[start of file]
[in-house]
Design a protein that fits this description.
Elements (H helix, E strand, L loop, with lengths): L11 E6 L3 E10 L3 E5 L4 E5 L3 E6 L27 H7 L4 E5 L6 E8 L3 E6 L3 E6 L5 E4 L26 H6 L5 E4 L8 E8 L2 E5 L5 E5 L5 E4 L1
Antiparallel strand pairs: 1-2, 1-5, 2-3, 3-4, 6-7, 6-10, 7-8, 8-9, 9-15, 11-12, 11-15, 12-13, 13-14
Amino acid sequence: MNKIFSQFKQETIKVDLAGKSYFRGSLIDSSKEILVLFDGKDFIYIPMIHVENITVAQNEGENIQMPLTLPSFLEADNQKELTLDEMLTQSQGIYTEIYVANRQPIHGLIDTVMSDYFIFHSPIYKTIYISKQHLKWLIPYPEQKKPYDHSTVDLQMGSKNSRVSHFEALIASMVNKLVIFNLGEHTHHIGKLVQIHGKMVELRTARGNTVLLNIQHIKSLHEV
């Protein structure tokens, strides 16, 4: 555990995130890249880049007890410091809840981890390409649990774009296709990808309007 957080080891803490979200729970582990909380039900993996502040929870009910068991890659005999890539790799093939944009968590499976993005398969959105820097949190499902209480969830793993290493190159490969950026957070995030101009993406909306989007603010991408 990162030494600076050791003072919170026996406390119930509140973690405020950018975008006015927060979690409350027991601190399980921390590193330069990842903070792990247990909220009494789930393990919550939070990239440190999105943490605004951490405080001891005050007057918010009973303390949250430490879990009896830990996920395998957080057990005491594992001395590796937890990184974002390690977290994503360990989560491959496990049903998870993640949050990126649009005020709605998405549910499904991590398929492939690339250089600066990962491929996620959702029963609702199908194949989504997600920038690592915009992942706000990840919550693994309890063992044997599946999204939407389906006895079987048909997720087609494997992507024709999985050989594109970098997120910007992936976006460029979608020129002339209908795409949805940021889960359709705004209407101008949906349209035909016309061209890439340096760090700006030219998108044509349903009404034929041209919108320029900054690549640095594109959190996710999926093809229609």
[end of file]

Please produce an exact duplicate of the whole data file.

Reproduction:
[in-house]
Design a protein that fits this description.
Elements (H helix, E strand, L loop, with lengths): L11 E6 L3 E10 L3 E5 L4 E5 L3 E6 L27 H7 L4 E5 L6 E8 L3 E6 L3 E6 L5 E4 L26 H6 L5 E4 L8 E8 L2 E5 L5 E5 L5 E4 L1
Antiparallel strand pairs: 1-2, 1-5, 2-3, 3-4, 6-7, 6-10, 7-8, 8-9, 9-15, 11-12, 11-15, 12-13, 13-14
Amino acid sequence: MNKIFSQFKQETIKVDLAGKSYFRGSLIDSSKEILVLFDGKDFIYIPMIHVENITVAQNEGENIQMPLTLPSFLEADNQKELTLDEMLTQSQGIYTEIYVANRQPIHGLIDTVMSDYFIFHSPIYKTIYISKQHLKWLIPYPEQKKPYDHSTVDLQMGSKNSRVSHFEALIASMVNKLVIFNLGEHTHHIGKLVQIHGKMVELRTARGNTVLLNIQHIKSLHEV
């Protein structure tokens, strides 16, 4: 555990995130890249880049007890410091809840981890390409649990774009296709990808309007 957080080891803490979200729970582990909380039900993996502040929870009910068991890659005999890539790799093939944009968590499976993005398969959105820097949190499902209480969830793993290493190159490969950026957070995030101009993406909306989007603010991408 990162030494600076050791003072919170026996406390119930509140973690405020950018975008006015927060979690409350027991601190399980921390590193330069990842903070792990247990909220009494789930393990919550939070990239440190999105943490605004951490405080001891005050007057918010009973303390949250430490879990009896830990996920395998957080057990005491594992001395590796937890990184974002390690977290994503360990989560491959496990049903998870993640949050990126649009005020709605998405549910499904991590398929492939690339250089600066990962491929996620959702029963609702199908194949989504997600920038690592915009992942706000990840919550693994309890063992044997599946999204939407389906006895079987048909997720087609494997992507024709999985050989594109970098997120910007992936976006460029979608020129002339209908795409949805940021889960359709705004209407101008949906349209035909016309061209890439340096760090700006030219998108044509349903009404034929041209919108320029900054690549640095594109959190996710999926093809229609």